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					Intimate talk between parents and their teenage children: democratic openness or
covert control?1


Sociology, 2002, 36:4 965–983


Yvette Solomon, Jo Warin, Charlie Lewis and Wendy Langford


Abstract

In so far as modern families subscribe to an ideal of democracy, then adolescence is a time in
which the democratic ideal in the family becomes an object of explicit focus as parents and
teenagers strive towards a renegotiation of their relative positions. Teenagers need to develop
their adult identities and a sense of agency, while at the same time, parents who have invested
both personally and financially in their children must reconsider this relationship and come to
terms with the reality of the returns from that investment. Intimate relations imply both
democracy and equality: in what Giddens (1992) calls the „pure relationship‟, individuals
continuously re-evaluate the relationship in terms of the satisfactions which it delivers in their
„project of the self‟. This paper argues that the twin ideals of democracy and intimacy
necessarily clash in parent-teenager relationships, resulting in further complication of the
negotiation processes already identified in previous research (Brannen et al. 1994, Brannen
1999; Hofer, Youniss & Noack 1999). While both parents and their teenage children
subscribe to the discourse of openness and honesty as the route to both intimacy and
democracy, there are tensions within the concept of openness because both parties have
opposing goals in the trading of information. For parents, information gain means the
retention of power and control, while for teenagers withholding information from their
parents ensures their privacy, power and identity.


Keywords: family relationships; democracy and intimacy; parenting; teenagers




         There is only one story to tell about the family today, and that is of democracy. The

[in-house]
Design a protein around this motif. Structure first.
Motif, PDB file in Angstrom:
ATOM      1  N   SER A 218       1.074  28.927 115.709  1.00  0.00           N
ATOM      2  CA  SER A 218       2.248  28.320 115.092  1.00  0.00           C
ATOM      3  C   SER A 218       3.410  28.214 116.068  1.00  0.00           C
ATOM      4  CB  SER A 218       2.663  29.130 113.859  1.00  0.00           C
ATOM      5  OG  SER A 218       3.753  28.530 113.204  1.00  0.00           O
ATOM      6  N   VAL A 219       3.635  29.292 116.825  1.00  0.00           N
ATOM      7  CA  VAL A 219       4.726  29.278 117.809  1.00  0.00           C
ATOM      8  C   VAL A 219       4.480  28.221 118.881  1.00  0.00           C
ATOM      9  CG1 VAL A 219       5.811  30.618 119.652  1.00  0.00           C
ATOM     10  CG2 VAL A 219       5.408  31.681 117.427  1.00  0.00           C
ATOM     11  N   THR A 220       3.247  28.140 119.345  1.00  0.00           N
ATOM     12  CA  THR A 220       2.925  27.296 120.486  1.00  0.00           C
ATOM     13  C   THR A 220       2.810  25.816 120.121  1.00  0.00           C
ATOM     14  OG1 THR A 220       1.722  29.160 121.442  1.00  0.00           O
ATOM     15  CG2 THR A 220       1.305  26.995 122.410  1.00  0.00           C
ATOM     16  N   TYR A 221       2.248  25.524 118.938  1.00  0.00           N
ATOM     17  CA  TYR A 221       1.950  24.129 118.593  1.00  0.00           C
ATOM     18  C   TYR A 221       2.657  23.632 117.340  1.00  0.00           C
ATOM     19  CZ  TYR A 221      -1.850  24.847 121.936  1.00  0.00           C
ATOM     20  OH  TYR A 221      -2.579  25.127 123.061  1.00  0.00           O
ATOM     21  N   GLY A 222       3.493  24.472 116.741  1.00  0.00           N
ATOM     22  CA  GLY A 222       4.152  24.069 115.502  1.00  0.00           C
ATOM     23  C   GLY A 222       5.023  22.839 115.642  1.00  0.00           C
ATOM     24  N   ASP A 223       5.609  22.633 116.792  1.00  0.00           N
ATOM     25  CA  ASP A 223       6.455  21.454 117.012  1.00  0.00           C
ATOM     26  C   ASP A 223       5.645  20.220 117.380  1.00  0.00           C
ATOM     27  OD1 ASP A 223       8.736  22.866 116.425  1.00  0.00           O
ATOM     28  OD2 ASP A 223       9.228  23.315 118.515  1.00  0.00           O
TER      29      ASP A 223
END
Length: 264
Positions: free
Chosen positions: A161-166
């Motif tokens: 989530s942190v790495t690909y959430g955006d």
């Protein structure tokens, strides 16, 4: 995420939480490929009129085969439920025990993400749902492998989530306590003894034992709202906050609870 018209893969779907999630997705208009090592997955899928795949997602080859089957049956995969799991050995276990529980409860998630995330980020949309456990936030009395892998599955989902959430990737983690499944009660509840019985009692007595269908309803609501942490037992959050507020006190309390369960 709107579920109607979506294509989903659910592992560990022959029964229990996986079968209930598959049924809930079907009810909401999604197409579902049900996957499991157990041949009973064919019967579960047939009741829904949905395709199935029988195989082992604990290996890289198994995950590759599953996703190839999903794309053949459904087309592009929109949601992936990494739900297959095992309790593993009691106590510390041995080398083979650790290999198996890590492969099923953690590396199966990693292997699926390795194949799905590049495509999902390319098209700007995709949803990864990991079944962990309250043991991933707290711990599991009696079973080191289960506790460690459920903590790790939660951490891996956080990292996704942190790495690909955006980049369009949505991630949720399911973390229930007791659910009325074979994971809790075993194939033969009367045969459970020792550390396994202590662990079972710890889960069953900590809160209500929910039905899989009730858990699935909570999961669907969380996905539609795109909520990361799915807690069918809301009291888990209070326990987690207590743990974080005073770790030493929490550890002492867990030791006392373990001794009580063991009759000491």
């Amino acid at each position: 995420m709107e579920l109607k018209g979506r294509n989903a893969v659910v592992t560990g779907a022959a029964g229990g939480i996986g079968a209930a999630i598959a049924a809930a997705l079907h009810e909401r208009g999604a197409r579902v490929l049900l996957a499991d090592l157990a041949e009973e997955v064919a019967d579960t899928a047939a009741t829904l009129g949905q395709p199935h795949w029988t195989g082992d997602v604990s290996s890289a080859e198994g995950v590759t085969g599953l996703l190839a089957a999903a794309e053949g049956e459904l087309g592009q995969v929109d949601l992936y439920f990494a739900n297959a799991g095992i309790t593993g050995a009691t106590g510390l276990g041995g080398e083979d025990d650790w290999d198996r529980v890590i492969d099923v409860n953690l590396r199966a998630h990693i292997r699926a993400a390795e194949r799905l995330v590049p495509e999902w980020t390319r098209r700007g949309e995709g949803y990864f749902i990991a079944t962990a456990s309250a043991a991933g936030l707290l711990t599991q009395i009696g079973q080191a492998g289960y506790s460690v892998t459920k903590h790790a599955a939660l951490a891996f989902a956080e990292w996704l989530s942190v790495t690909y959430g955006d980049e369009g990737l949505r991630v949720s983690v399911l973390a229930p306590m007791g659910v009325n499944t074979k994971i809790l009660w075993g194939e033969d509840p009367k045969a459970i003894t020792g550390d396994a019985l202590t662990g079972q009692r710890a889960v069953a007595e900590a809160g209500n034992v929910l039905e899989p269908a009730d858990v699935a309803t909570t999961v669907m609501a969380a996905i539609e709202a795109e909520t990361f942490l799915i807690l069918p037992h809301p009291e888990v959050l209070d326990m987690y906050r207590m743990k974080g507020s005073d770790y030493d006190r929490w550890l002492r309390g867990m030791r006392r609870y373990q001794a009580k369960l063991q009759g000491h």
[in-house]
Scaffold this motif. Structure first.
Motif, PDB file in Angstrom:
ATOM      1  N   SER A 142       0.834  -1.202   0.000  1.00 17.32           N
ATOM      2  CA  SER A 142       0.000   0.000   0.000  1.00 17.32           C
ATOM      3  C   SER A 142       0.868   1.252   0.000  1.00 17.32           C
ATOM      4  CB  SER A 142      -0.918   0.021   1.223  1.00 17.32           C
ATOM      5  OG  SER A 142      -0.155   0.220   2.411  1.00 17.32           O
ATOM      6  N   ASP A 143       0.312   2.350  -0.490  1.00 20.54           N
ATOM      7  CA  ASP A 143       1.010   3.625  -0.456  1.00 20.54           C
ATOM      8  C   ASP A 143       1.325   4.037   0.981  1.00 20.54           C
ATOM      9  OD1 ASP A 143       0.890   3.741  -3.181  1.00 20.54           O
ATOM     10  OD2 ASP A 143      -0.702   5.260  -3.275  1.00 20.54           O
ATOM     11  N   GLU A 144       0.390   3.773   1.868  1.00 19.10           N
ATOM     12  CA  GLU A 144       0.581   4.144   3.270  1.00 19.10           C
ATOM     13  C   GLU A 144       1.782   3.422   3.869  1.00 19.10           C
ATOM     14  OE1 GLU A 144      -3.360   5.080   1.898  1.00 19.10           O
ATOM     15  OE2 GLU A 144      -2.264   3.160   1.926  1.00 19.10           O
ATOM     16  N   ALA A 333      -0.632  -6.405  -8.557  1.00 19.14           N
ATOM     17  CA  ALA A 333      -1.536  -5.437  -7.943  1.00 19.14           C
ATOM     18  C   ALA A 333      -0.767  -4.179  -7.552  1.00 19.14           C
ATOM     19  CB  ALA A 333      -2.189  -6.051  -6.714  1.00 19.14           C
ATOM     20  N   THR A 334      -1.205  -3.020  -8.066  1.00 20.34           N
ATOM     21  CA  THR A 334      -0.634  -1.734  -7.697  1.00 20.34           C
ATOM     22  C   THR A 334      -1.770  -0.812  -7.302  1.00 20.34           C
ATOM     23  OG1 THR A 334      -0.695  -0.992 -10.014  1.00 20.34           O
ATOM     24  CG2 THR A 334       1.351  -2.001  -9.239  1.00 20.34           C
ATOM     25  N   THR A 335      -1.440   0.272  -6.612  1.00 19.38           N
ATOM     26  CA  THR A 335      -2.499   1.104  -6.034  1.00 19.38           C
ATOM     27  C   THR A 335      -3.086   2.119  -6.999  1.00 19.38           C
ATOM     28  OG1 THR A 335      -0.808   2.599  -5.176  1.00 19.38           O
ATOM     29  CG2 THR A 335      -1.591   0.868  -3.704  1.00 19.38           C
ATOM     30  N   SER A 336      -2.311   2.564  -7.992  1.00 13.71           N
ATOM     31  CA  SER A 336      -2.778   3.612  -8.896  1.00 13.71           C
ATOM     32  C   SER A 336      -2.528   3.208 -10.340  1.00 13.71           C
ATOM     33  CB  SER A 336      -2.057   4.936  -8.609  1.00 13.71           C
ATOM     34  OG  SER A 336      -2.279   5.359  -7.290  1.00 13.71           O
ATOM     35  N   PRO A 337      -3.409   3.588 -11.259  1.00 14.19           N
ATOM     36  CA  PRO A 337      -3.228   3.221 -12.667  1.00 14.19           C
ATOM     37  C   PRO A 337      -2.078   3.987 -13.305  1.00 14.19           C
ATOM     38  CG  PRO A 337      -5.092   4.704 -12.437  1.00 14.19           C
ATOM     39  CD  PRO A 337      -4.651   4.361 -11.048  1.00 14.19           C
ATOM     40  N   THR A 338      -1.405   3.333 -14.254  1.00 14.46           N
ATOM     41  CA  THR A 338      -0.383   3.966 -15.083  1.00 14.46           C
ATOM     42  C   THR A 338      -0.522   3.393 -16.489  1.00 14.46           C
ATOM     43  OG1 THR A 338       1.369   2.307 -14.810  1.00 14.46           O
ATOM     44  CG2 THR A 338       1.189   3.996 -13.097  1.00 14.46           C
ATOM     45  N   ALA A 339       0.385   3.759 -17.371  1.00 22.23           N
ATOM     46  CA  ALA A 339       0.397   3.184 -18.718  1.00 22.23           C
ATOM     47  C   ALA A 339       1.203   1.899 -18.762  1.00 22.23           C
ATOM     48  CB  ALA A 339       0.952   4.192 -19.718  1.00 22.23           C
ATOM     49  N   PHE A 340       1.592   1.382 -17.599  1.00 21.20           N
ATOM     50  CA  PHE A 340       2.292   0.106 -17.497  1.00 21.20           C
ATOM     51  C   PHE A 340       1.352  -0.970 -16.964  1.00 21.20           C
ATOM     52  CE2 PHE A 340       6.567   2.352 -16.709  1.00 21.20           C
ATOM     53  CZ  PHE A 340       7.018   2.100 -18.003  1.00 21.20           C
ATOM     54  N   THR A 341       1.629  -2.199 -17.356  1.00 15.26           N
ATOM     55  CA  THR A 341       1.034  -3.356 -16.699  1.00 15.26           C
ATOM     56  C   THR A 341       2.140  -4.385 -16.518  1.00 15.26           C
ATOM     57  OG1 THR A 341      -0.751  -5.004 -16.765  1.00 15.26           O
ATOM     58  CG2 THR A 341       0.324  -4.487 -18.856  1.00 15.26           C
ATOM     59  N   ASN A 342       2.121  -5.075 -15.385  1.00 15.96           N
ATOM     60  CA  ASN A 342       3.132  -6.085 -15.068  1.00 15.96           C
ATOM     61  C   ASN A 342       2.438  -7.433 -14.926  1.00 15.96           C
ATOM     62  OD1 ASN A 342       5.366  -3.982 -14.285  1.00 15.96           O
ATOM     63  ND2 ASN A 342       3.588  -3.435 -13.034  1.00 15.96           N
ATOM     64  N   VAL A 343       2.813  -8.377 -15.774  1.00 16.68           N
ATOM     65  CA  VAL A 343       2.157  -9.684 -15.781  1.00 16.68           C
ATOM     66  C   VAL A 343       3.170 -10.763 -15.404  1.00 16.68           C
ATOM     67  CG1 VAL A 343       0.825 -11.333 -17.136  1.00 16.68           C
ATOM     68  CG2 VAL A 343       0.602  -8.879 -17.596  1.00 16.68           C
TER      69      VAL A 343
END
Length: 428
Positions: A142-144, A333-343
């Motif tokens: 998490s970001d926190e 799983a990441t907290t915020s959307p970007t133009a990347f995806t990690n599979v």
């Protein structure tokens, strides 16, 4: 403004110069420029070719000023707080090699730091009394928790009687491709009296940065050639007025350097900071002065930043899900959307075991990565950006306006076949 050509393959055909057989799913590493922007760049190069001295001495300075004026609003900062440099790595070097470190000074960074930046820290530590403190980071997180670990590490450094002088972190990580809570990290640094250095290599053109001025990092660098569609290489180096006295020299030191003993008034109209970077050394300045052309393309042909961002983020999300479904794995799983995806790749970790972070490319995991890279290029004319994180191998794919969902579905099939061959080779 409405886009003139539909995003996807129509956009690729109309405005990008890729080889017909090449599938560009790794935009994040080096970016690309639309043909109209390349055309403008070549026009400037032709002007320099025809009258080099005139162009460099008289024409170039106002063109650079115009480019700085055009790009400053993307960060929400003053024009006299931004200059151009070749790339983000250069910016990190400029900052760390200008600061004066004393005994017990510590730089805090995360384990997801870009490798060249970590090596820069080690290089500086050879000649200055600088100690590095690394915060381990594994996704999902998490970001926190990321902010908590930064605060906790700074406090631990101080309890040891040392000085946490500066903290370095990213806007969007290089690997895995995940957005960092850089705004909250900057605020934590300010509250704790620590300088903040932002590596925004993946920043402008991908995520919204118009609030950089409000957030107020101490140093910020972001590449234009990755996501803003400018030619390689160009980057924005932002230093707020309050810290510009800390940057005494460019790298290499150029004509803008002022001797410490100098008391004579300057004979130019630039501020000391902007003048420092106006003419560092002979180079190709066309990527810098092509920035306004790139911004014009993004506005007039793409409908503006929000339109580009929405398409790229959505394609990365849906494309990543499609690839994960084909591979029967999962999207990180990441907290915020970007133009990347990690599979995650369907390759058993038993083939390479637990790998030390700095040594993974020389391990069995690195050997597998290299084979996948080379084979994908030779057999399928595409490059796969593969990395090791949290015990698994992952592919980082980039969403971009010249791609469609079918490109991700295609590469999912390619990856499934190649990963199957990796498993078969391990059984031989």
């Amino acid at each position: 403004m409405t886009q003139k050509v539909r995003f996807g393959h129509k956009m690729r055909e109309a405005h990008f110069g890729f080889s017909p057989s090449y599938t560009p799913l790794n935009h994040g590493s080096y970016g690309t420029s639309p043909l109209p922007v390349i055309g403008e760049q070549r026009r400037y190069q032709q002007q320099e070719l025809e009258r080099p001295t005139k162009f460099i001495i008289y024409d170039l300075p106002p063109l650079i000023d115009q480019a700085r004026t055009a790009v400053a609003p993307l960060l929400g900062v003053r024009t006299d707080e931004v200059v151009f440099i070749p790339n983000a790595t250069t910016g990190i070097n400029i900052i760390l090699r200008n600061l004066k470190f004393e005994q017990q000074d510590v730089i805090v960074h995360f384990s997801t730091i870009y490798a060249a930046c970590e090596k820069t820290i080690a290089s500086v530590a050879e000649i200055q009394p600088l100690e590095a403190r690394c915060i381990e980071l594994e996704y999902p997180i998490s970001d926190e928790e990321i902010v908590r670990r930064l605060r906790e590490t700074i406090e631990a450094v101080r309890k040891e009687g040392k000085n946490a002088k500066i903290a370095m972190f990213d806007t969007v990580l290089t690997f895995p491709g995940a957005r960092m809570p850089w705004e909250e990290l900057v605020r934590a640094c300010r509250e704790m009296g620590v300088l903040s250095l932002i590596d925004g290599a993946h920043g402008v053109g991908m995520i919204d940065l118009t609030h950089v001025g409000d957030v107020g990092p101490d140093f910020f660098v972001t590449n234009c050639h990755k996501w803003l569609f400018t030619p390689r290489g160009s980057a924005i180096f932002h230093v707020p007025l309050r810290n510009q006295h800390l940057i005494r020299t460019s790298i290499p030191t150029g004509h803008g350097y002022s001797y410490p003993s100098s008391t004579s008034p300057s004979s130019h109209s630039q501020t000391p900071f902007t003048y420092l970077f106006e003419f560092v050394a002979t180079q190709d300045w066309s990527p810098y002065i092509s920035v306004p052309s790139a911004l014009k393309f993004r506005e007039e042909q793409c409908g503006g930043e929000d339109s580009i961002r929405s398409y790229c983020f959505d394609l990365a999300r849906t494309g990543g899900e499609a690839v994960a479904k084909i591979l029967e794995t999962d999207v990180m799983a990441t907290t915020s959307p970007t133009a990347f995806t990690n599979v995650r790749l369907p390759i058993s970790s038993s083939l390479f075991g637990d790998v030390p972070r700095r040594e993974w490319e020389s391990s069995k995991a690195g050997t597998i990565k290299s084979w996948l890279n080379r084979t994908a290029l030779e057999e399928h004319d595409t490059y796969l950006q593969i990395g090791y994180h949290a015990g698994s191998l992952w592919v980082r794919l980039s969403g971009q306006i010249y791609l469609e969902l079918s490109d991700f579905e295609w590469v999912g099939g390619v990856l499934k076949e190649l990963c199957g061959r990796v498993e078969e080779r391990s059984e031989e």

family is becoming democratized; and such democratization suggests how family life
         might combine individual choice and social solidarity….. Democracy in the public
         sphere involves formal equality, individual rights, public discussion of issues free
         from violence, and authority which is negotiated rather than given by tradition. The
         democratized family shares these characteristics …. (Giddens 1998: 93)

Gidden‟s view of democracy in the family is important and influential. It derives from and
supports a strong ideal image of the family which is particularly persuasive for the parents of
teenagers as they strive to parent successfully in conditions of extended transition to

1
    The research reported in this paper was funded by the Joseph Rowntree Foundation


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adulthood and of greater perceived risk (Furlong & Cartmel, 1997; Gillies et al, 2001; Jones
& Wallace 1992; Langford et al, 2001). Teenagers for their part aim for greater
emancipation and autonomy, as Beck suggests:

       .. the model of a life of one‟s own has established itself almost automatically behind
       the walls of private life as a significant way of life for young people (Beck 1997:162)

How real and how achievable is the democratic ideal in family life? In this paper we shall
argue that families with teenagers are some way off from Giddens‟ democratisation and will
necessarily remain so because of the structural and psychological power imbalances between
parent and child. As Jamieson (1999) argues, the pure relationship between parents and
children is unattainable, because 'much of personal life remains structured by inequalities'
(p.477). We explore here the nature of such inequality in terms of the dynamics of intimacy
between parents and teenagers. While both subscribe to a discourse of openness as the route
to both intimacy and democracy, they experience their relationships in such a way as to